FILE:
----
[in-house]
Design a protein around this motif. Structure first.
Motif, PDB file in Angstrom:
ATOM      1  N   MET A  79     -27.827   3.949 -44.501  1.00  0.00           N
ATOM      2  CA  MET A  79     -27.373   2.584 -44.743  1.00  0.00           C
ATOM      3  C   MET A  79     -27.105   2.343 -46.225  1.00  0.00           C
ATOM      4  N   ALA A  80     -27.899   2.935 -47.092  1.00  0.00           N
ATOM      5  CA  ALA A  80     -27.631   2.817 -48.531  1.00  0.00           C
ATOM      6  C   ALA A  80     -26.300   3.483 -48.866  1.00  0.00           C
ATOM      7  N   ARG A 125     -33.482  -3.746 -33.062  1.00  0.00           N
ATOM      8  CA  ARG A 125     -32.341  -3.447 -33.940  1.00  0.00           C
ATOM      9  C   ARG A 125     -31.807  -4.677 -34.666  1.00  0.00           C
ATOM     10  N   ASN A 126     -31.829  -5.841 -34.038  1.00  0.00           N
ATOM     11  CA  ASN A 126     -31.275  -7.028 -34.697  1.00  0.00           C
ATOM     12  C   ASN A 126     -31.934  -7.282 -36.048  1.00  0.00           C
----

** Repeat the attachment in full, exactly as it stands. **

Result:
[in-house]
Design a protein around this motif. Structure first.
Motif, PDB file in Angstrom:
ATOM      1  N   MET A  79     -27.827   3.949 -44.501  1.00  0.00           N
ATOM      2  CA  MET A  79     -27.373   2.584 -44.743  1.00  0.00           C
ATOM      3  C   MET A  79     -27.105   2.343 -46.225  1.00  0.00           C
ATOM      4  N   ALA A  80     -27.899   2.935 -47.092  1.00  0.00           N
ATOM      5  CA  ALA A  80     -27.631   2.817 -48.531  1.00  0.00           C
ATOM      6  C   ALA A  80     -26.300   3.483 -48.866  1.00  0.00           C
ATOM      7  N   ARG A 125     -33.482  -3.746 -33.062  1.00  0.00           N
ATOM      8  CA  ARG A 125     -32.341  -3.447 -33.940  1.00  0.00           C
ATOM      9  C   ARG A 125     -31.807  -4.677 -34.666  1.00  0.00           C
ATOM     10  N   ASN A 126     -31.829  -5.841 -34.038  1.00  0.00           N
ATOM     11  CA  ASN A 126     -31.275  -7.028 -34.697  1.00  0.00           C
ATOM     12  C   ASN A 126     -31.934  -7.282 -36.048  1.00  0.00           C